Grammar Confusing Possessives Revisited |
The Blue Book of Grammar and Punctuation

Confusing Possessives Revisited

As the second Sunday in May approaches, many of you may be wondering how to write the name of the holiday—is it Mother’s Day, Mothers’ Day, or Mothers Day? We first looked into the topic of where to properly place holiday apostrophes in a 2008 newsletter. Today we provide an update.

The Chicago Manual of Style and The Associated Press Stylebook list the following holidays as singular possessives: Mother’s Day, Father’s Day, New Year’s Eve, New Year’s Day, St. Patrick’s Day. CMOS uses plural possessive for Presidents’ Day, while AP Style writes Presidents Day. Both agree on no apostrophe in Veterans Day.

Your guess is as good as anyone’s about Secretary’s vs. Secretaries’ vs. Secretaries Day and Boss’s vs. Bosses’ vs. Bosses Day.

What would you do if we had a Children’s Day holiday? Because Children is an irregular plural (not formed by adding an s or es), you would have to use the apostrophe in the title because there is no such word as Childrens.

Example: Children’s Hospital

If the article or the existing discussions do not address a thought or question you have on the subject, please use the "Comment" box at the bottom of this page.

19 responses to “Confusing Possessives Revisited”

  1. Carey Lawes says:

    How do you address a situation where two persons possess, say a book? Marsha and Mary’s book are on the table

    • Our Rule 4a of Apostrophes says, “If two people possess the same item, put the apostrophe + s after the second name only.” Marsha and Mary’s book is on the table.

      • Curtis Clothier says:

        I’d like to know how to handle the apostrophes when the noun is either one thing or another but not both. Is this maybe a reason to add a rule 4c? For example, if someone is either a client or a prospect (not yet a client) and I am referring to something belonging to that person would I say “I would like the client’s or prospect’s phone number” or “I would like the “client or prospect’s phone number”? We are really only talking about one person, but I don’t think that’s the same as when two people share ownership in one thing such as “Marsha and Mary’s book is on the table.” What which would you say is correct and why?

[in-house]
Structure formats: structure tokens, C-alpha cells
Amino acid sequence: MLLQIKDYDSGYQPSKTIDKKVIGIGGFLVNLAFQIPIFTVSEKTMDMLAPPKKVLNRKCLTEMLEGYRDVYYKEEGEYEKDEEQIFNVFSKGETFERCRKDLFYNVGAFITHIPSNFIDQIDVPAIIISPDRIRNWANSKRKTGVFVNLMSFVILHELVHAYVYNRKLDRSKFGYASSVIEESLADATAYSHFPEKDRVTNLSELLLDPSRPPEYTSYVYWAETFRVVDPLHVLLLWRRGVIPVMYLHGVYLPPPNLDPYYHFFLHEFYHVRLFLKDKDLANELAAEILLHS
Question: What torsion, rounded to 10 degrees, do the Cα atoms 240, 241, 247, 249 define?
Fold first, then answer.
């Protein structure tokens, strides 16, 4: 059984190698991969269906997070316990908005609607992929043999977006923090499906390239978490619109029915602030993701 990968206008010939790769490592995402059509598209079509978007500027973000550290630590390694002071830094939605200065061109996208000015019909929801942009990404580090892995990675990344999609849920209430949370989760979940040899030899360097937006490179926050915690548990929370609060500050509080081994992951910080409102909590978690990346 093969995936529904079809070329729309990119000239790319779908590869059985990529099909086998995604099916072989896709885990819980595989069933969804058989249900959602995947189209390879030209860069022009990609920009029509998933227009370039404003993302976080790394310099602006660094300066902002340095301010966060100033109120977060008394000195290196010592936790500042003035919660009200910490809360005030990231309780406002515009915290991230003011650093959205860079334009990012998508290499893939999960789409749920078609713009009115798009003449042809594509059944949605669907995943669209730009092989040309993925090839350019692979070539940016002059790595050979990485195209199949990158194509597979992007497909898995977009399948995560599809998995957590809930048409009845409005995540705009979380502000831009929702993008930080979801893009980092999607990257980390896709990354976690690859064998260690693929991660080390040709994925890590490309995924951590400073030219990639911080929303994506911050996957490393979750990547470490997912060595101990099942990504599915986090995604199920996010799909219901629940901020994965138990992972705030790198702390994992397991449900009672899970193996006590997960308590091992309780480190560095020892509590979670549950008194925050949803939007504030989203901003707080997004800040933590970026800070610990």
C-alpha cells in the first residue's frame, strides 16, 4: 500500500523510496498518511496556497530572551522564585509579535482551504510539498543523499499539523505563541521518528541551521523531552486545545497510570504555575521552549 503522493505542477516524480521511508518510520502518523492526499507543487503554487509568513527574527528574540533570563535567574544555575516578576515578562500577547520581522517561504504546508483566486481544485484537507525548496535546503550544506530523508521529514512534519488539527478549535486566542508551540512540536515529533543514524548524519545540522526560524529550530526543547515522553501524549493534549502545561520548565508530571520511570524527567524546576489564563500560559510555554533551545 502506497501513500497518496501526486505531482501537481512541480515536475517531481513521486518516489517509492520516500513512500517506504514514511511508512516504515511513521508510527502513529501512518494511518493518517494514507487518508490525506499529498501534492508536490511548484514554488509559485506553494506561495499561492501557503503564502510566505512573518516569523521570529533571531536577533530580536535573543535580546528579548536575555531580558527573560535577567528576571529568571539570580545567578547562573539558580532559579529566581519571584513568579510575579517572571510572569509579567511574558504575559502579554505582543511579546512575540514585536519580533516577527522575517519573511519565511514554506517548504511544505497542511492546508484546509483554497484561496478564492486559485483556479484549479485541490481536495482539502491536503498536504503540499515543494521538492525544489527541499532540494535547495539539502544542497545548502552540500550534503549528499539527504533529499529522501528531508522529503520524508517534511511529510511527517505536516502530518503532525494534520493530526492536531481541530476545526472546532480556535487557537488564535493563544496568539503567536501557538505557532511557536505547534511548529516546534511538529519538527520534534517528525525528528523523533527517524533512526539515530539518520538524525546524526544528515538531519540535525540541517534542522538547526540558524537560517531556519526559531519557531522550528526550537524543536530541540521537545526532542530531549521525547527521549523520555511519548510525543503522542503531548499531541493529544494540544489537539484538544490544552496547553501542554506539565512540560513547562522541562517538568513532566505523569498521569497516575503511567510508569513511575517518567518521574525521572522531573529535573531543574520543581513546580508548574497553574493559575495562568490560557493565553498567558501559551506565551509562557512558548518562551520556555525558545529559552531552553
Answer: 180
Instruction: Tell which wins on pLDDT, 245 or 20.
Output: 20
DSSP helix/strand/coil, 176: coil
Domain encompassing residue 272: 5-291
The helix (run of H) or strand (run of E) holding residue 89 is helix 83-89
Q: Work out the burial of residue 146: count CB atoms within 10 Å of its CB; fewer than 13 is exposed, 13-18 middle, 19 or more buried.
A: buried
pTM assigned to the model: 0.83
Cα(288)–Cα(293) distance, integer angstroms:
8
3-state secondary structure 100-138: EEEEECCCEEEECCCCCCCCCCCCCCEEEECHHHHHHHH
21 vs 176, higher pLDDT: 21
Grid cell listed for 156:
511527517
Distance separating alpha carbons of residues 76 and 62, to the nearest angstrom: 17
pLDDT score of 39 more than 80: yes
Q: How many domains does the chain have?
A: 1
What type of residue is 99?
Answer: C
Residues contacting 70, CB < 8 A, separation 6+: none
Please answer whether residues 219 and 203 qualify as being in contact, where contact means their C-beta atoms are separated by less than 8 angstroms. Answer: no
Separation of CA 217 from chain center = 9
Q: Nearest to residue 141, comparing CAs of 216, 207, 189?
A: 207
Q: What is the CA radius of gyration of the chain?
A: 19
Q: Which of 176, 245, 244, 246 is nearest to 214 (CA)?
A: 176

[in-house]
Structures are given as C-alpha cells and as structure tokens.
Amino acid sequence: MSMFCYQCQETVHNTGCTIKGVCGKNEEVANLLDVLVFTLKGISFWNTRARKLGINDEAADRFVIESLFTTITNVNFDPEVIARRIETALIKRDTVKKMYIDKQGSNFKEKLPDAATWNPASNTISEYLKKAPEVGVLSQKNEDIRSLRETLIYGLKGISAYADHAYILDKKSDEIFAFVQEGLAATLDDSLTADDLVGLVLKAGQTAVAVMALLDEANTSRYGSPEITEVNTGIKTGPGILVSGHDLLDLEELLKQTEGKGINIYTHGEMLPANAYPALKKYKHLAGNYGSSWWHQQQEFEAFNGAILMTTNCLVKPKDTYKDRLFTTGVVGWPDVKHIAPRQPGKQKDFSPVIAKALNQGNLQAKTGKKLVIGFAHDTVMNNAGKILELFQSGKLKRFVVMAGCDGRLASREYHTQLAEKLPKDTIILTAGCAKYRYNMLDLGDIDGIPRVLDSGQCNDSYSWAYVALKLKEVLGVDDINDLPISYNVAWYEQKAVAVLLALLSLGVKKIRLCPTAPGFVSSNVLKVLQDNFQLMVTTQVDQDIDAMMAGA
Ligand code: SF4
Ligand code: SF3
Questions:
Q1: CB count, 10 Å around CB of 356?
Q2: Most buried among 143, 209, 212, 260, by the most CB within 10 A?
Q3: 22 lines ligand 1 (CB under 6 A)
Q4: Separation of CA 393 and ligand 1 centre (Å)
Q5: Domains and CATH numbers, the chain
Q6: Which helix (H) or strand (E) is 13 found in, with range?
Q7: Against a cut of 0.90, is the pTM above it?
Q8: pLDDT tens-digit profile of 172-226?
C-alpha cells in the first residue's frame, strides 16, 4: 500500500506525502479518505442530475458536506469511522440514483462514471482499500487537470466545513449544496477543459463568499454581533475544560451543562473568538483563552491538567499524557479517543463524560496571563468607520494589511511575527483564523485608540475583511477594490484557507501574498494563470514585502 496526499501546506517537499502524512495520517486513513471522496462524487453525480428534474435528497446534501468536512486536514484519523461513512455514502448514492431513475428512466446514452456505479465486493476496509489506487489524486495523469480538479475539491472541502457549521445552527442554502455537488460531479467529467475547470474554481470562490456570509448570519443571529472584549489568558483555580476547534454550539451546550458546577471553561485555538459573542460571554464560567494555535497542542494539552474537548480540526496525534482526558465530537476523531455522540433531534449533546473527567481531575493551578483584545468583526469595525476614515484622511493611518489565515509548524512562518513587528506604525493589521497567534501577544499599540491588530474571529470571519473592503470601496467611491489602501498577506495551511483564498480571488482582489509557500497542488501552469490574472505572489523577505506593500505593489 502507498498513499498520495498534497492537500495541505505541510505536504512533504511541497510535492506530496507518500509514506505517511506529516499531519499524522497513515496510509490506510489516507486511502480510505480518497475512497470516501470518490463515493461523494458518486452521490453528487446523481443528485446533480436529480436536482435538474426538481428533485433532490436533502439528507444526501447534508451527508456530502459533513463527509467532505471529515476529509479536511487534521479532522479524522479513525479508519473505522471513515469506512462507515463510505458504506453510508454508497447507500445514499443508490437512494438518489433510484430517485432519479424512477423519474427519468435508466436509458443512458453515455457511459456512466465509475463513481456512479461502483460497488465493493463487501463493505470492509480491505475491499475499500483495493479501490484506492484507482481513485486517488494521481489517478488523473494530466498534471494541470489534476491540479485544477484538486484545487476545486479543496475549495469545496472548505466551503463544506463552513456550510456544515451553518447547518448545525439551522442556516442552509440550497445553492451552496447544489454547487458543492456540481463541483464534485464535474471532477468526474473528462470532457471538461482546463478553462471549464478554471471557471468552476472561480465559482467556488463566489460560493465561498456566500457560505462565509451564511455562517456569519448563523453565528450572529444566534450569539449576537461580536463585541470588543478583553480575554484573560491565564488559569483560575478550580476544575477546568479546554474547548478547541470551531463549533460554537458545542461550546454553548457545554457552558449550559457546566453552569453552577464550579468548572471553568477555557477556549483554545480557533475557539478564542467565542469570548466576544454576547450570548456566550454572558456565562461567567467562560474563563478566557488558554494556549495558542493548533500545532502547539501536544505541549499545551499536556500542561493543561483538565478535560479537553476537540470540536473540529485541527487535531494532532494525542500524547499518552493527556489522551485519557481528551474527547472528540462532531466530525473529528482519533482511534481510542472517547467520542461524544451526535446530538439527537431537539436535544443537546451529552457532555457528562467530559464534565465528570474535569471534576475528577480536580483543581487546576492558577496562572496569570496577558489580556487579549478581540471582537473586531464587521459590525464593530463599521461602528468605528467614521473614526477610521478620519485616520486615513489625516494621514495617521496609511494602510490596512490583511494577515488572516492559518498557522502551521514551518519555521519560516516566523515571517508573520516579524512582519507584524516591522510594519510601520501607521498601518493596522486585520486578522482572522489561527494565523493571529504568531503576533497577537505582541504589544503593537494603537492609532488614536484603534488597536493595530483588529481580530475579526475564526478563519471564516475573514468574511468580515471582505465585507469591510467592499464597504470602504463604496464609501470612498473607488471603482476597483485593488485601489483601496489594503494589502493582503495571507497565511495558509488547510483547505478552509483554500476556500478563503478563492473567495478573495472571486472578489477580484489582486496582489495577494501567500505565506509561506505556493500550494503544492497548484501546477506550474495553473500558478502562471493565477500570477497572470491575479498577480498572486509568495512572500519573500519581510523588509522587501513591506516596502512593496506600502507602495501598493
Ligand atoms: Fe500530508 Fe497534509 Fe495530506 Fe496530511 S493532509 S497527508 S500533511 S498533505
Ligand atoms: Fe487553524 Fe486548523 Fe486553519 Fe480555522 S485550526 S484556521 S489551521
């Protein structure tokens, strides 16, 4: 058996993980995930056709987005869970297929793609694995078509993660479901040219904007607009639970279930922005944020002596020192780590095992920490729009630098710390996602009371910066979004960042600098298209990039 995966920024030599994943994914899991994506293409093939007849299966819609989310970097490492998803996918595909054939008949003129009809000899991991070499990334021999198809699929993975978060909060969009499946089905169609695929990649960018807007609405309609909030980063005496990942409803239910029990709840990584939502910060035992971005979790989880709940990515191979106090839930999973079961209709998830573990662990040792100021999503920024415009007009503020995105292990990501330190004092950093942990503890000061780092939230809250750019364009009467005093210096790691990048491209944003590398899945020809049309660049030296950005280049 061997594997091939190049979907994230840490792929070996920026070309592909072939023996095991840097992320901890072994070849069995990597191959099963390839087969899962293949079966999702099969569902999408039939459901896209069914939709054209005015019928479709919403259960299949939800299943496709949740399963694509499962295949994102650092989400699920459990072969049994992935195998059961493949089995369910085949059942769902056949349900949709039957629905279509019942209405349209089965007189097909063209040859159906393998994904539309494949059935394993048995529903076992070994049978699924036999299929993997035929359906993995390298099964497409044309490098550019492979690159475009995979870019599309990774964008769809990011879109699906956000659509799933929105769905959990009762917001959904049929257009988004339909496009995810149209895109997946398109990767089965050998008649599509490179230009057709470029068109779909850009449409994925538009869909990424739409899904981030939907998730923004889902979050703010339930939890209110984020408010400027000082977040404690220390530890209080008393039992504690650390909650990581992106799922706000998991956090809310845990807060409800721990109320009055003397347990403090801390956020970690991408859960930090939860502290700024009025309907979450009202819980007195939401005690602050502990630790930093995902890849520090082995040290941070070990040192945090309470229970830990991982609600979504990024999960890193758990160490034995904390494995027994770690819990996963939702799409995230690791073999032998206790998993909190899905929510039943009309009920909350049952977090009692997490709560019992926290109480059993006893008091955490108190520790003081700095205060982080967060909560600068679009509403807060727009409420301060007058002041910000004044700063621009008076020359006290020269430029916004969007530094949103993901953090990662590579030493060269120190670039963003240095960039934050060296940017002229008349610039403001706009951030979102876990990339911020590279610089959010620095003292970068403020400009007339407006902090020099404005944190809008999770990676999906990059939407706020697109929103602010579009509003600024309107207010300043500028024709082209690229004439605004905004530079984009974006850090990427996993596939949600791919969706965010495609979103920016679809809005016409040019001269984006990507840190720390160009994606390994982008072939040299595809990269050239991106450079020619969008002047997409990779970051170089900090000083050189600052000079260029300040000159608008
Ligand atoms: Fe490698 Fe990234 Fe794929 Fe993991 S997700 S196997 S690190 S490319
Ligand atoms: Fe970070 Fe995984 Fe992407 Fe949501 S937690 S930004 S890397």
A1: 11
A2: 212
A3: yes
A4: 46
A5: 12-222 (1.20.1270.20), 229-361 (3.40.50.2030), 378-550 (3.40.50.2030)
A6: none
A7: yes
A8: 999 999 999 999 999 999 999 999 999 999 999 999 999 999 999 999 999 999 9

P.S. Maybe this should be a new blog post, but I didn’t find a way to create a new one.

        • We imagine that, in the overwhelming majority of cases, we would be aware of whether a caller is a prospect or a client, and thus we would use the term that applies to that person. If not, we recommend a less awkward “I would like the person’s phone number.”

  2. Chris says:

    I think that the example of “Children’s Day” shows that it ought to be “Mothers’ Day”. It would never be “Child’s Day”, so it shouldn’t be “Mother’s Day”; it would never be “Children Day”, so it shouldn’t be “Mothers Day”.

    Of course, here in England we solve the problem by calling it “Mothering Sunday” instead!

  3. Teddy Rinpoche says:

    I’ve read your great articles about the use of the apostrophes that I never think it’s so hard.